Katine: Guardian does something very special indeed with crowdsourcing

If you have ten minutes today, click along to Katine: it starts with a village. With this project The Guardian is doing something very special indeed with crowdsourcing, interactive storytelling, and journalism itself.

Launched over the weekend, Katine appears to be a new approach to “the annual appeal to focus attention on worthwhile causes during the pre-Christmas giving season”. Editor Alan Rusbridger explains:

“Would it be possible to find a way of dramatising an issue so that it held attention beyond Christmas, even for as long as three years? Of connecting the ideas, goodwill, resources and expert knowledge of 15 million readers around the world and focusing them on one problem? Would it be possible to do all this in a way which avoided the classic trap of creating a temporary oasis in a desert? Of doing something both sustainable and replicable? Could there be a model for using web-based technologies – and the power to link and harness people – that could be developed by other western communities, whether businesses, schools or towns? “

Rusbridger identifies three things that a newspaper/website can do as part of this. The first and third are familiar: raising awareness and therefore increasing pressure; and reporting, contextualising, and analysing. But it’s the second thing that is significant, innovative, and worth watching:

“it can involve a huge community of readers and web-users around the world and find ways of linking them in to what we’re doing. We’ll need money obviously. But, just as importantly we need advice and involvement. Among our readers are water engineers, doctors, solar energy experts, businessmen and women, teachers, nurses, farmers. We absolutely don’t need a stampede of volunteers, but we would like a technical know-how bank of people who are prepared to offer time and advice. We’ll let you know how to get involved as we go.”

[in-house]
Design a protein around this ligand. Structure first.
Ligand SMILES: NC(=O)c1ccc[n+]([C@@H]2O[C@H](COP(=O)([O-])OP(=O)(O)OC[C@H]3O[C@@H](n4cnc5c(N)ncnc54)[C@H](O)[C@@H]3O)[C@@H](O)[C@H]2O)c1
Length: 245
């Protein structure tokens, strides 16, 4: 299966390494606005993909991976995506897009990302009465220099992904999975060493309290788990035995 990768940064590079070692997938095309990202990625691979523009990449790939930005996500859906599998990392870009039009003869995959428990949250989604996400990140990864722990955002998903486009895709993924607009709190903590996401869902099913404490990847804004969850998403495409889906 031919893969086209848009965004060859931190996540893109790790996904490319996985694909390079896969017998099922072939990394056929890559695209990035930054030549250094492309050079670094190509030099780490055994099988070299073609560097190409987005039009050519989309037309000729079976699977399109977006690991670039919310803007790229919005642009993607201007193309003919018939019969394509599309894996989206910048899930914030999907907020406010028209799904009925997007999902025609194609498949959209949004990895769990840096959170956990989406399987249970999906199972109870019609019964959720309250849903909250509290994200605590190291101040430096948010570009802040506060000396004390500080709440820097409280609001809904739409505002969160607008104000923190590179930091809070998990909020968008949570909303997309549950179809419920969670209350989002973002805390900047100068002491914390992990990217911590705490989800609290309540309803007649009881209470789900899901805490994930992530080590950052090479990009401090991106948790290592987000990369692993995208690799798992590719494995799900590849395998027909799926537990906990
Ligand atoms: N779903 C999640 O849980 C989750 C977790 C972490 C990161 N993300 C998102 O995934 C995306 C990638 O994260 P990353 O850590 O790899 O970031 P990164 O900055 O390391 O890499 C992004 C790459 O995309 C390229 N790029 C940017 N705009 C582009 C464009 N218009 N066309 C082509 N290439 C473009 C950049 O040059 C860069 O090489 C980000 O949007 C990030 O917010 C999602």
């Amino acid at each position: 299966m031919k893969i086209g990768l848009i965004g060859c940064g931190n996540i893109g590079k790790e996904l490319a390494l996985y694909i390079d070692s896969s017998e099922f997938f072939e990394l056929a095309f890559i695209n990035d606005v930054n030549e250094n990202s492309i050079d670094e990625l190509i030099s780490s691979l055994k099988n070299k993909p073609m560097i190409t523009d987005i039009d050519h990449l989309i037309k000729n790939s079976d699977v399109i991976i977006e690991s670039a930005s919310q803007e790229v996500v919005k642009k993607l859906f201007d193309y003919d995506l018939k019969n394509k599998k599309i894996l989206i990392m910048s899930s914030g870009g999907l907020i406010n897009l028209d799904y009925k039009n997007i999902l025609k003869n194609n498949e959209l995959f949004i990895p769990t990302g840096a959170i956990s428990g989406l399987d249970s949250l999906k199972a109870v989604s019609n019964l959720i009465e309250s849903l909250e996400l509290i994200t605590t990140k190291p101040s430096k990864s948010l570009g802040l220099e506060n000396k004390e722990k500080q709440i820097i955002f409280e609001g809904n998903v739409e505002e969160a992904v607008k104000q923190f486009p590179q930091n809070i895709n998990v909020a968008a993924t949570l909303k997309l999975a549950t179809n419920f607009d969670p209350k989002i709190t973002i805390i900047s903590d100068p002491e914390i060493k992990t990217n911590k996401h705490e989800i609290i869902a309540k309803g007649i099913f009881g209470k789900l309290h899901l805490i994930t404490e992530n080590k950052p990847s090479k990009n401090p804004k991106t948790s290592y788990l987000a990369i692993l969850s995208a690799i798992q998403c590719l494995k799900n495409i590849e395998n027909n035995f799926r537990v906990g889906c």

In other words, crowdsourcing – but not crowdsourcing as seen so far in newspapers, where the focus is on asking readers to help gather or analyse information for a story: this is crowdsourcing to help address the actual issues identified by the story.

Even more creditable, this is a story which does not normally make the pages of most newspapers, as Rusbridger notes:

“Most western journalists periodically scratch their heads about how to keep some subjects fresh, including poverty and climate change. The big picture is known; the facts change little from day to day. Such subjects are at once the biggest news of our times – and not news at all.”

The website itself – http://www.guardian.co.uk/katine – is impressive, with a virtual village, short films by the GuardianFilms arm, audio, and a number of blogs “where Guardian writers and film-makers, Amref staff and, eventually, the people of Katine, will write about their experience of the project. It will also be a place for debate about the wider development issues Katine raises“. (Interestingly, there is also a clear attempt to paint a fuller picture of Katine than just ‘suffering Africans’, with pieces on local music and style).

The Guardian are making a habit of thinking outside the box with technology and editorial: Islamophonic and Many Questions were refreshing takes on podcasting; and commentisfree did the same for blogging; but Katine, for me, has the potential to be a truly international experiment in taking crowdsourcing to a new level.